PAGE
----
Farewell to Godard, the revolutionary French filmmaker – POLITICO

Douglas Morrey is Associate Professor of French at the University of Warwick. He is the author of the books “Jean-Luc Godard” and “La The legacy of the New Wave in French cinema.”

One of the ancestors of modern cinema, writer and director Jean-Luc Godard, who died Tuesday at the age of 91, transformed the way culture is appreciated and understood in France, and beyond. Best known for his association with the French New Wave movement, through the crackling energy and abrupt shifts in tone of his films, Godard changed the notion of what a director could or should be.

Thanks to his polemical and acerbic criticism and the fierce individualism of his career, directors are now systematically considered in France as having the ability, even the duty, to comment on social and political developments with as much authority as writers, philosophers or politicians.

More than that, it is largely thanks to the inspirational model of Godard and a handful of others that Paris is today the largest city to cultivate an interest in cinema. And it is the richness of this culture and this industry that will perhaps be the most precious and lasting legacy of the New Wave in general, and of Godard in particular.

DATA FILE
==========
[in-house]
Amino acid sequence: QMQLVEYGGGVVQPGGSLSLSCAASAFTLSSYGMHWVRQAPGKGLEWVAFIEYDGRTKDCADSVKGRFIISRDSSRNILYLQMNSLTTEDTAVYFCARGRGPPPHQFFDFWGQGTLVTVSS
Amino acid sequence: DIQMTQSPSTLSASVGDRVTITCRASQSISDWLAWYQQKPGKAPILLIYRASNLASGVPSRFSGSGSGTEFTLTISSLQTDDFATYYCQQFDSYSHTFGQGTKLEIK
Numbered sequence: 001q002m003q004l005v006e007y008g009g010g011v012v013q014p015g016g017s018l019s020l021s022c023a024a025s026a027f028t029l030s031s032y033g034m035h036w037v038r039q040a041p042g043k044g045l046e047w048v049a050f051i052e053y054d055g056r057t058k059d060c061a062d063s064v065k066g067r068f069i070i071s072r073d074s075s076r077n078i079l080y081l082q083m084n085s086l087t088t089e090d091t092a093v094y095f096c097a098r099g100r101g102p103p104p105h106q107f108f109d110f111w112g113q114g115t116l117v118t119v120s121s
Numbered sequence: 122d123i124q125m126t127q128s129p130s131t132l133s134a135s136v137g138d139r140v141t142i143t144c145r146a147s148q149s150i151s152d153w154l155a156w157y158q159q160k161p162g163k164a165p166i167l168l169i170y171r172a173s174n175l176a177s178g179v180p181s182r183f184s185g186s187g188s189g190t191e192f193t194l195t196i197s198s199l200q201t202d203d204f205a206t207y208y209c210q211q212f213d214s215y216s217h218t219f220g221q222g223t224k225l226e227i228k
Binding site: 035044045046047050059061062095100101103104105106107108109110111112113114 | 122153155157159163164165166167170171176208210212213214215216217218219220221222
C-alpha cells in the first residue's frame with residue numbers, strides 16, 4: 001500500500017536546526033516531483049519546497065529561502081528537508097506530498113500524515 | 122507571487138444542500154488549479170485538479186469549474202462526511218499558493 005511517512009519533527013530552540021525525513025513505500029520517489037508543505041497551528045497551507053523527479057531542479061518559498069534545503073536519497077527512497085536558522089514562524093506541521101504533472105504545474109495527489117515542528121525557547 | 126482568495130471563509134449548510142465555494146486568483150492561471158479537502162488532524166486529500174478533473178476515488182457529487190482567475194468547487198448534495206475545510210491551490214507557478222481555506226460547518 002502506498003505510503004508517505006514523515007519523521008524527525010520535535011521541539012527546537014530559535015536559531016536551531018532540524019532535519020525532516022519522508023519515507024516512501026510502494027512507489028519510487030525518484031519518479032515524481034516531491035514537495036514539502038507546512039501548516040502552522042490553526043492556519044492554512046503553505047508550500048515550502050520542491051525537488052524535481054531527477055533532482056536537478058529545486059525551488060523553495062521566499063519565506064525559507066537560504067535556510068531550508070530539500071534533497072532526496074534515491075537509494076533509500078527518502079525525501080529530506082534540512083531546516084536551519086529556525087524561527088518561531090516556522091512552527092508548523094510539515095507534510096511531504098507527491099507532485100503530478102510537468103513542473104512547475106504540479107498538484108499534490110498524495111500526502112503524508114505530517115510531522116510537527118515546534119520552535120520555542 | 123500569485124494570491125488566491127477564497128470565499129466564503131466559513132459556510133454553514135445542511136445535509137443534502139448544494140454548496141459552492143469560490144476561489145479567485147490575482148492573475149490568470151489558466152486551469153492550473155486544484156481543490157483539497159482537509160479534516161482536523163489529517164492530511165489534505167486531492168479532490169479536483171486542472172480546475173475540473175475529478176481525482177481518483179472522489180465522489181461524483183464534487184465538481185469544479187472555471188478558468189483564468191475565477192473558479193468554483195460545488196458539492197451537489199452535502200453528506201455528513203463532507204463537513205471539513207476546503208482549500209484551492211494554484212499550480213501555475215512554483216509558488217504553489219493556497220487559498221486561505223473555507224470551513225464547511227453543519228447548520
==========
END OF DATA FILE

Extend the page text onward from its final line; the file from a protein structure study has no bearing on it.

Without Godard, without films like “A bout de souffle” (1960), “Contempt” (1963) or “Pierrot le fou” (1965), the French New Wave would have been only the cinematographic expression of the profound demographic changes and cultural events marking the start of the Fifth Republic in France in 1958. Instead, it became much more.

Watching with contempt behind his tinted glasses, this was Godard’s contribution – first, in the vitriol and arrogant exaggeration of his critical writings; then, in the narratives thrown together, the disorienting montages and the free-wheeling atmosphere of his films – it made it a revolutionary movement, and almost certainly the most significant, coherent and radical in the history of cinema. A movement that has inspired countless other aesthetic insurgencies around the world, spreading beyond France to Britain, Czechoslovakia, Brazil, Hollywood and Taiwan.

“Punk” before punk, the New Wave showed that anyone could be an artist. All you had to do was gather a few friends, borrow a camera, steal some film, take to the streets and film your own life. The adventure of making the film itself was the whole point, the whole story needed. Yet this only marked the beginning of Godard’s impact on the cultural landscape.

Although he was not an overtly political filmmaker in his early days – although he openly addressed France’s role in the Algerian war in “Le Petit Soldat” (filmed in 1960, but banned and did not released before 1963) – Godard was initially more interested in the eternal exploration of existential questions of life and death, men and women, language and meaning, while documenting in his films the ethnographic mutation from Paris.